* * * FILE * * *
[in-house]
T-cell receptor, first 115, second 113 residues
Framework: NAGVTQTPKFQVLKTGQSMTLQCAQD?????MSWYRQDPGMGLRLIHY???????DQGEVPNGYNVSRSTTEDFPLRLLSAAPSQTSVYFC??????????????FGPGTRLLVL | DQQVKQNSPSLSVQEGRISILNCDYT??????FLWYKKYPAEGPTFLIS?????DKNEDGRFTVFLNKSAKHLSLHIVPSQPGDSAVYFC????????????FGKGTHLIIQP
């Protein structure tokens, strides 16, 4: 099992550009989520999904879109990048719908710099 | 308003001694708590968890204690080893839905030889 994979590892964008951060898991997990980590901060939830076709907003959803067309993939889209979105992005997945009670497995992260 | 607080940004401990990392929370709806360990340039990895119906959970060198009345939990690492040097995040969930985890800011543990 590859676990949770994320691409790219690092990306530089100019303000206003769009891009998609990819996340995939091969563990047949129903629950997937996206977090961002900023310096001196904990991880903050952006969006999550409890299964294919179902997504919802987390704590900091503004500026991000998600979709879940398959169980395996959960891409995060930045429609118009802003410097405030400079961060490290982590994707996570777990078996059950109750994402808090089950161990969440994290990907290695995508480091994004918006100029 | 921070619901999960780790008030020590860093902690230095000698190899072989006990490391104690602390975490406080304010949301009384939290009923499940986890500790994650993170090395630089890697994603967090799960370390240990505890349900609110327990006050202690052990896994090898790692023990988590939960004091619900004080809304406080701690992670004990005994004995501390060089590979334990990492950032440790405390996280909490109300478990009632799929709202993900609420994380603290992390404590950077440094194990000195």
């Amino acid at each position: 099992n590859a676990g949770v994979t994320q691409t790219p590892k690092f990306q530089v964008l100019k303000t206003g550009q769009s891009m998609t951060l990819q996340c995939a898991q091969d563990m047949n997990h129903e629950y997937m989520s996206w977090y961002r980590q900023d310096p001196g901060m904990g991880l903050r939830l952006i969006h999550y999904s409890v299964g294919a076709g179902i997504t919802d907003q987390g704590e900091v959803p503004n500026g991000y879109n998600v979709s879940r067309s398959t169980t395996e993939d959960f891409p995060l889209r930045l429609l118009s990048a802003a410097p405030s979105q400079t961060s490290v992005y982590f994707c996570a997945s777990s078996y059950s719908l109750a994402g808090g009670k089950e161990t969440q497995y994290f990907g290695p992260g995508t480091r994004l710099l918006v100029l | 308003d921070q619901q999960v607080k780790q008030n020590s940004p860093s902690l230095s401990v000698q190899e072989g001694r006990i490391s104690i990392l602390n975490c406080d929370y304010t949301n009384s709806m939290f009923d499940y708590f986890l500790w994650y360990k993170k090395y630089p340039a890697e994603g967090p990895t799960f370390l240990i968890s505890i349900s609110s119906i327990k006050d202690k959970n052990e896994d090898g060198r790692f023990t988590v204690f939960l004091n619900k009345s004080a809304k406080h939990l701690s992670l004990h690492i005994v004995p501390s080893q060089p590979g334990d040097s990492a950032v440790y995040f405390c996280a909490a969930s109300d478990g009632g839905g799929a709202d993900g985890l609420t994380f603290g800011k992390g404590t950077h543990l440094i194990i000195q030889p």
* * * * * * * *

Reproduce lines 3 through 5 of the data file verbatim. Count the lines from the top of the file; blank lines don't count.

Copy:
Framework: NAGVTQTPKFQVLKTGQSMTLQCAQD?????MSWYRQDPGMGLRLIHY???????DQGEVPNGYNVSRSTTEDFPLRLLSAAPSQTSVYFC??????????????FGPGTRLLVL | DQQVKQNSPSLSVQEGRISILNCDYT??????FLWYKKYPAEGPTFLIS?????DKNEDGRFTVFLNKSAKHLSLHIVPSQPGDSAVYFC????????????FGKGTHLIIQP
């Protein structure tokens, strides 16, 4: 099992550009989520999904879109990048719908710099 | 308003001694708590968890204690080893839905030889 994979590892964008951060898991997990980590901060939830076709907003959803067309993939889209979105992005997945009670497995992260 | 607080940004401990990392929370709806360990340039990895119906959970060198009345939990690492040097995040969930985890800011543990 590859676990949770994320691409790219690092990306530089100019303000206003769009891009998609990819996340995939091969563990047949129903629950997937996206977090961002900023310096001196904990991880903050952006969006999550409890299964294919179902997504919802987390704590900091503004500026991000998600979709879940398959169980395996959960891409995060930045429609118009802003410097405030400079961060490290982590994707996570777990078996059950109750994402808090089950161990969440994290990907290695995508480091994004918006100029 | 921070619901999960780790008030020590860093902690230095000698190899072989006990490391104690602390975490406080304010949301009384939290009923499940986890500790994650993170090395630089890697994603967090799960370390240990505890349900609110327990006050202690052990896994090898790692023990988590939960004091619900004080809304406080701690992670004990005994004995501390060089590979334990990492950032440790405390996280909490109300478990009632799929709202993900609420994380603290992390404590950077440094194990000195």
């Amino acid at each position: 099992n590859a676990g949770v994979t994320q691409t790219p590892k690092f990306q530089v964008l100019k303000t206003g550009q769009s891009m998609t951060l990819q996340c995939a898991q091969d563990m047949n997990h129903e629950y997937m989520s996206w977090y961002r980590q900023d310096p001196g901060m904990g991880l903050r939830l952006i969006h999550y999904s409890v299964g294919a076709g179902i997504t919802d907003q987390g704590e900091v959803p503004n500026g991000y879109n998600v979709s879940r067309s398959t169980t395996e993939d959960f891409p995060l889209r930045l429609l118009s990048a802003a410097p405030s979105q400079t961060s490290v992005y982590f994707c996570a997945s777990s078996y059950s719908l109750a994402g808090g009670k089950e161990t969440q497995y994290f990907g290695p992260g995508t480091r994004l710099l918006v100029l | 308003d921070q619901q999960v607080k780790q008030n020590s940004p860093s902690l230095s401990v000698q190899e072989g001694r006990i490391s104690i990392l602390n975490c406080d929370y304010t949301n009384s709806m939290f009923d499940y708590f986890l500790w994650y360990k993170k090395y630089p340039a890697e994603g967090p990895t799960f370390l240990i968890s505890i349900s609110s119906i327990k006050d202690k959970n052990e896994d090898g060198r790692f023990t988590v204690f939960l004091n619900k009345s004080a809304k406080h939990l701690s992670l004990h690492i005994v004995p501390s080893q060089p590979g334990d040097s990492a950032v440790y995040f405390c996280a909490a969930s109300d478990g009632g839905g799929a709202d993900g985890l609420t994380f603290g800011k992390g404590t950077h543990l440094i194990i000195q030889p």